Robotic extrahepatic Glissonean pedicle approach for anatomic liver resection in the right liver: techniques and perioperative outcomes
The Glissonean pedicle approach is one of the most popular methods of anatomic liver surgery. Liver surgeons have attempted to reproduce this method laparoscopically. In this study, we introduce our technique of the extrahepatic Glissonean approach for anatomic liver resections, using a robotic system, and report on short-term perioperative outcomes.
From December 2008 to July 2014, 10 patients underwent robotic anatomic liver resection in the right liver. The procedure is as follows: (1) mobilization of the liver and isolation and clamping of a selected Glissonean pedicle; (2) transection of the liver parenchyma using a rubber band retraction technique; (3) division of the Glissonean pedicle after full exposure, followed by completion of parenchymal transection.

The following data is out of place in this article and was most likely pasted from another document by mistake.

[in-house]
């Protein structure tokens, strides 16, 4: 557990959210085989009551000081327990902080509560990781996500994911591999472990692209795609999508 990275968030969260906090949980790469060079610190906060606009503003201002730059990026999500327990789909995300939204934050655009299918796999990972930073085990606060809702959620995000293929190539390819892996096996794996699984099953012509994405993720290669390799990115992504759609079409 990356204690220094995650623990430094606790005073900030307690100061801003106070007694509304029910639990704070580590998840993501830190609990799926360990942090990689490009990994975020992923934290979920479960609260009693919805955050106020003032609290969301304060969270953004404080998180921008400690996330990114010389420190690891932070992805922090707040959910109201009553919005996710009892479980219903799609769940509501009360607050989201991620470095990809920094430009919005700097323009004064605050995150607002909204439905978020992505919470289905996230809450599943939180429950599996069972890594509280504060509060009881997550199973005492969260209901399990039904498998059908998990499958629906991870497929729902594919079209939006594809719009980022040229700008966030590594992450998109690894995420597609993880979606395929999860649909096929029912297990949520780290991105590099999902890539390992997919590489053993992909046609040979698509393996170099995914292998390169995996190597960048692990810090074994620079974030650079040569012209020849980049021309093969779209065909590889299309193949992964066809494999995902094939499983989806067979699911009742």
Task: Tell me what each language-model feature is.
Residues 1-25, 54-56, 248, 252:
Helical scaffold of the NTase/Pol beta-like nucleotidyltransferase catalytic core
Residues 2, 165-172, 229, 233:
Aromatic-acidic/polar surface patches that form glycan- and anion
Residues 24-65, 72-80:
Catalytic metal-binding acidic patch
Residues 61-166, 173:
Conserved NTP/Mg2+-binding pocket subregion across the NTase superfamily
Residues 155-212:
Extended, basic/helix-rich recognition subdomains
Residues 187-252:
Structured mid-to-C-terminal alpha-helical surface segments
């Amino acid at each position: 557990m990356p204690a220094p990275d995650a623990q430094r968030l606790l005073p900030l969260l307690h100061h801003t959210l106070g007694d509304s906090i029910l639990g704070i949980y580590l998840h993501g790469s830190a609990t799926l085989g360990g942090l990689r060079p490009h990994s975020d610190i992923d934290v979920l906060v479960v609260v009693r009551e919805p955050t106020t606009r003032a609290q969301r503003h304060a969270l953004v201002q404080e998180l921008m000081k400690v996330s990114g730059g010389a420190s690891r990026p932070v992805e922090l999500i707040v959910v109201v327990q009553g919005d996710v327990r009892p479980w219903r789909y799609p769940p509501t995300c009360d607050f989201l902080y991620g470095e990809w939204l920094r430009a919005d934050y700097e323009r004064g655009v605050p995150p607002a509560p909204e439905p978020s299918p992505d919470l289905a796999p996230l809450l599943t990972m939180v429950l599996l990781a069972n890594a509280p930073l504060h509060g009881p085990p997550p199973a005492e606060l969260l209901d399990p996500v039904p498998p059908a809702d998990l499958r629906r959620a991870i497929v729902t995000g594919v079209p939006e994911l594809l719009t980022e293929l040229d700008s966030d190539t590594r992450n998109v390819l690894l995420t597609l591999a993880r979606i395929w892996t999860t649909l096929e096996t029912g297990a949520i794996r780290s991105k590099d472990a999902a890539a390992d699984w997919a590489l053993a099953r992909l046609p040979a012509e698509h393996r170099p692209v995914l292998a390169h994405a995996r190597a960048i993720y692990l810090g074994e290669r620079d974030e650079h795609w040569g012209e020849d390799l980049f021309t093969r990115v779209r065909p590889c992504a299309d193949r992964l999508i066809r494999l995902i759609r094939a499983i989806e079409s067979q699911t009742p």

The median age of the patients was 52.50 (range 28–59) years, and seven were male. All patients had hepatocellular carcinoma. The types of resections performed were as follows: segmentectomy 6 (n = 1), segmentectomy of 4b + 5 ventral segments (n = 2), right posterior sectionectomy (n = 3), extended right hepatectomy (n = 1), extended right posterior sectionectomy (n = 2), and central bisectionectomy (n = 1). Only one case was converted to open surgery due to severe tumor adhesions on the diaphragm. The median operative time was 555 min (range 413–848), and the median estimated blood loss was 225 ml (range 30–700), with no perioperative transfusions. The overall complication rate was 70 % (grade I, 5; grade II, 1; grade III, 1; grade IV, 0). The median length of hospital stay postsurgery was 7 days (range 6–11).
Robotic surgery allowed for successful anatomic liver resections via an extrahepatic Glissonean pedicle approach in the right liver and can be safely performed in selected patients.
KeywordsRobotic liver resection Glissonean approach Anatomic resection
This research was supported by National Research Foundation of Korea (NRF) grant funded by the Korean government (MSIP; Grant Number: NRF-2011-0013046).
Compliance with ethical standards
Dr. Jin Ho Lee, Dr. Dai Hoon Han, Don-Su Jang, Dr. Gi Hong Choi, and Dr. Jin Sub Choi have no conflicts of interests or financial ties to disclose.
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